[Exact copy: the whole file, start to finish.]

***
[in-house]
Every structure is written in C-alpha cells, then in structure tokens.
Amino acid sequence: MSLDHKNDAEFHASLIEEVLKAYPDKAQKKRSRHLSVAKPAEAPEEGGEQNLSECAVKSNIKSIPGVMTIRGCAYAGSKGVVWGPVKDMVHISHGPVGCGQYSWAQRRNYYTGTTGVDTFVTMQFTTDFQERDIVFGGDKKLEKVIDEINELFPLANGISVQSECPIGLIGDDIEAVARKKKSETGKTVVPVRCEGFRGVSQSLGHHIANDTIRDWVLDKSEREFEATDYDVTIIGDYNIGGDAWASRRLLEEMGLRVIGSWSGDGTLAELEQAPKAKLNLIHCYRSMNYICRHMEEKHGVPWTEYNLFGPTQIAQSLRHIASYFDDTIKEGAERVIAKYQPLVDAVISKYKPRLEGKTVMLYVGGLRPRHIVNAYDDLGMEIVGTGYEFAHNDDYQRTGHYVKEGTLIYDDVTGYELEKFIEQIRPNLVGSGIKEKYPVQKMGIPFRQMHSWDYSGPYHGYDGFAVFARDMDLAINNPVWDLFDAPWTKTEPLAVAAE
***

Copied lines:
[in-house]
Every structure is written in C-alpha cells, then in structure tokens.
Amino acid sequence: MSLDHKNDAEFHASLIEEVLKAYPDKAQKKRSRHLSVAKPAEAPEEGGEQNLSECAVKSNIKSIPGVMTIRGCAYAGSKGVVWGPVKDMVHISHGPVGCGQYSWAQRRNYYTGTTGVDTFVTMQFTTDFQERDIVFGGDKKLEKVIDEINELFPLANGISVQSECPIGLIGDDIEAVARKKKSETGKTVVPVRCEGFRGVSQSLGHHIANDTIRDWVLDKSEREFEATDYDVTIIGDYNIGGDAWASRRLLEEMGLRVIGSWSGDGTLAELEQAPKAKLNLIHCYRSMNYICRHMEEKHGVPWTEYNLFGPTQIAQSLRHIASYFDDTIKEGAERVIAKYQPLVDAVISKYKPRLEGKTVMLYVGGLRPRHIVNAYDDLGMEIVGTGYEFAHNDDYQRTGHYVKEGTLIYDDVTGYELEKFIEQIRPNLVGSGIKEKYPVQKMGIPFRQMHSWDYSGPYHGYDGFAVFARDMDLAINNPVWDLFDAPWTKTEPLAVAAE